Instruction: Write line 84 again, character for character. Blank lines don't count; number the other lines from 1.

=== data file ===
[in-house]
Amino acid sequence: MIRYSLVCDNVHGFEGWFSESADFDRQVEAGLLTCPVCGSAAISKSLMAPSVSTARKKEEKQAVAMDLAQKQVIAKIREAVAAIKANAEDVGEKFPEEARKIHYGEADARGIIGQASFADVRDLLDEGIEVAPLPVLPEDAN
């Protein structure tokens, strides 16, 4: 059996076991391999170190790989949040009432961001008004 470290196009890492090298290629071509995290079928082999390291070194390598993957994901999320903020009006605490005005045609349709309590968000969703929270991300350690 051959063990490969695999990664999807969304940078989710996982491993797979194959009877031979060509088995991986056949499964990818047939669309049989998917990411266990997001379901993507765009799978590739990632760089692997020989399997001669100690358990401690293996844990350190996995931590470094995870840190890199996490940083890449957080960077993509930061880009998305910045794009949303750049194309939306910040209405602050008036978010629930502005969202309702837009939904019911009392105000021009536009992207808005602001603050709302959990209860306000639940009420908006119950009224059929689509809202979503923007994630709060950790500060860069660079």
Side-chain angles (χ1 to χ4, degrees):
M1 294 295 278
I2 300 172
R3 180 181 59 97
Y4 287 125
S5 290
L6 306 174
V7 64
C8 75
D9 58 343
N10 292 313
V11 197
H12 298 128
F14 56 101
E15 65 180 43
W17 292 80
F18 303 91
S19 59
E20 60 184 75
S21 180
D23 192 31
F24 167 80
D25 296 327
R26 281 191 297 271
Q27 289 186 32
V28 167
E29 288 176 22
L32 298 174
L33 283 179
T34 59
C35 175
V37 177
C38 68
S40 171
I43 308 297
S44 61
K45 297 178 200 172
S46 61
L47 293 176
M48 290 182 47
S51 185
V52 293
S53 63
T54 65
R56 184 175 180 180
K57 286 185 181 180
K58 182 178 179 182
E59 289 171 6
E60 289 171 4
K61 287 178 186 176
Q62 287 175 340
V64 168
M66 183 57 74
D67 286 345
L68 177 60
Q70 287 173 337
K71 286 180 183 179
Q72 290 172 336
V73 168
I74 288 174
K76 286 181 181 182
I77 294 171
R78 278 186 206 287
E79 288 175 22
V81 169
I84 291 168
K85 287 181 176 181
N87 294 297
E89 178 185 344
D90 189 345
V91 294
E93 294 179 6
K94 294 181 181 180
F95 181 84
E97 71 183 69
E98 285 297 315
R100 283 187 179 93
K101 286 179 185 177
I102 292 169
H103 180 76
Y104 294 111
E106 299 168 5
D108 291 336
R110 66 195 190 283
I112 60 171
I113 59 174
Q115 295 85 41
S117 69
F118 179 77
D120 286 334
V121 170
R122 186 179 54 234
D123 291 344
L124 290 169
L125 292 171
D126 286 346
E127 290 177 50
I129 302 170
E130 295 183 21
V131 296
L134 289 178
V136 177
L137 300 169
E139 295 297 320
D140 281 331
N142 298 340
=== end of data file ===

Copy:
Y104 294 111